By anything I don't mean to put some random liquid in a car engine, but is it possible to design and build an engine or motor that could use something like tea or orange juice for it's fuel? I know it won't be practical or even efficient, but if someone were to do it just for the sake of doing it, would it be possible?
The first consideration behind a fuel choice is its energy density and specific energy - that is, how much energy can you extract from a kilogram or liter of the fuel, by whatever means the energy is extractable.
You can use hot tea as heat source to extract some usable work using a Stirling engine. You could use acids of orange juice to generate electricity in a battery, or somehow extract and burn its sugar. There's absolutely no way to build anything reasonably usable as a car around that though - simply, the energy extracted is so small it's pointless, the milleage would be beyond garbage - it's dubious a tank full of hot tea would manage to get the car out of the garage into the driveway.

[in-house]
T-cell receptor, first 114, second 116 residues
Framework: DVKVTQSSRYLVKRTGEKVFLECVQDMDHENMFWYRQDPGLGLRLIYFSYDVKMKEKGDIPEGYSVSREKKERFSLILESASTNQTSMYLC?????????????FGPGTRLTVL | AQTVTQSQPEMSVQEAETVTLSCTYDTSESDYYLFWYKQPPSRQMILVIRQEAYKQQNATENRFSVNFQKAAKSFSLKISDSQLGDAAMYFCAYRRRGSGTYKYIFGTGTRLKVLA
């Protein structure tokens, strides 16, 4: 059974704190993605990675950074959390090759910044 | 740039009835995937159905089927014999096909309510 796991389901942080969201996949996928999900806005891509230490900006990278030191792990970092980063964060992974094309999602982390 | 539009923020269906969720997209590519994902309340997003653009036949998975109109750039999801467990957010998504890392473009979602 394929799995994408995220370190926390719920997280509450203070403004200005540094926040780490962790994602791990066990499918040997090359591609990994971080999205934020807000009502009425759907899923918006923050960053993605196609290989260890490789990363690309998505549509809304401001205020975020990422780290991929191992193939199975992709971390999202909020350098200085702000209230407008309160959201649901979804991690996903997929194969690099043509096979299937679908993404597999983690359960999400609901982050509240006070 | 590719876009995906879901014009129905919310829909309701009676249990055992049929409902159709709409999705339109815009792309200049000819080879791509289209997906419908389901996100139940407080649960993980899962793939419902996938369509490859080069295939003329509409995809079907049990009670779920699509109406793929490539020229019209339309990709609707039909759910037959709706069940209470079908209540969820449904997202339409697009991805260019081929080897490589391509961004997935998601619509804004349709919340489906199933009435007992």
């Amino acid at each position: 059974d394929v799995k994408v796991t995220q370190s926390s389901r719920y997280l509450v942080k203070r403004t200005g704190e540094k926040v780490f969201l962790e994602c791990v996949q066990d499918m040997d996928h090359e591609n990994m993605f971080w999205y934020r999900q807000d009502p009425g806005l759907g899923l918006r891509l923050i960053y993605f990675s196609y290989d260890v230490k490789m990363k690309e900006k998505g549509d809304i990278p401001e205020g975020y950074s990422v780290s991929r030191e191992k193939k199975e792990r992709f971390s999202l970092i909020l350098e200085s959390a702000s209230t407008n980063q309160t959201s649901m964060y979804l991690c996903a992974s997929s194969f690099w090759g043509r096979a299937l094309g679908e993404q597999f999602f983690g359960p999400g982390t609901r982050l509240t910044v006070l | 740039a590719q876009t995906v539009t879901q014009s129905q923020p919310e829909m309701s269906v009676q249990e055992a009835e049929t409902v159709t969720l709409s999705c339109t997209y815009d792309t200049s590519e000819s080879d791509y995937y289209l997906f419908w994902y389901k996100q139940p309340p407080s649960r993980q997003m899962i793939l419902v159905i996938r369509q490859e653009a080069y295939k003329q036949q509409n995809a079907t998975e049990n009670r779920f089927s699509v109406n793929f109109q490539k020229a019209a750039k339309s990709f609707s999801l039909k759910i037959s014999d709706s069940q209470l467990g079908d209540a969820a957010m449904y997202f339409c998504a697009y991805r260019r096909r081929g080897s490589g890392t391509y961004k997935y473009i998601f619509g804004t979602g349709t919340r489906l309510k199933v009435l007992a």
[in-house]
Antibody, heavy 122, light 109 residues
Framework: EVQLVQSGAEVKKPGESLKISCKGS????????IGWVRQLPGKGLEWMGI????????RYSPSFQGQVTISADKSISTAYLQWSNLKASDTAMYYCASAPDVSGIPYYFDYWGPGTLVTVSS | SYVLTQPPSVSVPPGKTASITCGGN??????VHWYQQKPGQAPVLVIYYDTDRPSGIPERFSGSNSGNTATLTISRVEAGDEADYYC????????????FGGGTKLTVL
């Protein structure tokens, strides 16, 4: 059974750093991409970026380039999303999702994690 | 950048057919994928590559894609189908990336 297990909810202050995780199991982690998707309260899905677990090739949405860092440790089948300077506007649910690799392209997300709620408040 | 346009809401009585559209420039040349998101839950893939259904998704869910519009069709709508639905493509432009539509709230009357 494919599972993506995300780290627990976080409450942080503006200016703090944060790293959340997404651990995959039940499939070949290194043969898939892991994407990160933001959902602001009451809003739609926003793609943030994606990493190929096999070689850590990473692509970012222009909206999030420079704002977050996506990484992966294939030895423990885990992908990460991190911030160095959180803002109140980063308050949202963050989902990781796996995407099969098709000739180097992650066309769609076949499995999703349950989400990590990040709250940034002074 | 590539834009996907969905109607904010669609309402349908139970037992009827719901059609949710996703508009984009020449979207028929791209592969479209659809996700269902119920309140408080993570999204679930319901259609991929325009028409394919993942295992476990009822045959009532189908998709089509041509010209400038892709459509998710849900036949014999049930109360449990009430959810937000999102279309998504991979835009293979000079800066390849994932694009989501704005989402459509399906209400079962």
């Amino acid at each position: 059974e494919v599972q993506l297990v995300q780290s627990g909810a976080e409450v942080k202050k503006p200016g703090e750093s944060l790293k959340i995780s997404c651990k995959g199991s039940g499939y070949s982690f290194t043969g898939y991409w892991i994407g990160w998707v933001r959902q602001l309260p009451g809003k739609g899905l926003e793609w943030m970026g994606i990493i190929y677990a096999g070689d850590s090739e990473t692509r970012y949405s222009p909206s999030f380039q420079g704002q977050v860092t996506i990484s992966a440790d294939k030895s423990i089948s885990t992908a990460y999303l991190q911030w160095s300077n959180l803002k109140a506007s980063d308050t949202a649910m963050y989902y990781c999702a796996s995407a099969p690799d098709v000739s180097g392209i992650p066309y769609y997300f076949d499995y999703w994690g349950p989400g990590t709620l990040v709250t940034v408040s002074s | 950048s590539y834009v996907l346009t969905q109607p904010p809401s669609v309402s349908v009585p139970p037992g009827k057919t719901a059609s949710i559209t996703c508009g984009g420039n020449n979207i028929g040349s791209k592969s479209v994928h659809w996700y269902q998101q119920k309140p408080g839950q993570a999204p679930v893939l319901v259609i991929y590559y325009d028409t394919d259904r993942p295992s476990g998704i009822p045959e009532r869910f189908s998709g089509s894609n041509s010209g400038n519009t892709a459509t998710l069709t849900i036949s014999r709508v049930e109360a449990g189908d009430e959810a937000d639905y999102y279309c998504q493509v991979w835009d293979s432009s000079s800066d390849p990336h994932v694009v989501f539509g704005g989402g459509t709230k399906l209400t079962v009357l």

So, only high-energy fuels and means of energy storage are considered for practical uses. And you can extract energy from a lot of materials. Oils, fats, wood, methane, explosives, all kinds of highly reactive chemicals, radioactives, extremely compressed substances, and so on.
At this point other considerations must be made - primarily cost of the fuel per unit of energy, safety, environmental factors and practicality of the energy source. But if you disregard these, you can power motors from a staggering range of energy sources.
The first diesel engine actually used peanut oil as the fuel so yes, you can design an engine around the fuel.
Not too long ago in Wales, cooking oil was very cheap and a supermarket was selling many 1000’s of litres. The police and customs noticed and quite a few were prosecuted for running diesel cars on veg oil - because they were not paying the fuel duty.
Flour suspended in air can be explosive, but designing a method to use it as a fuel may prove tricky...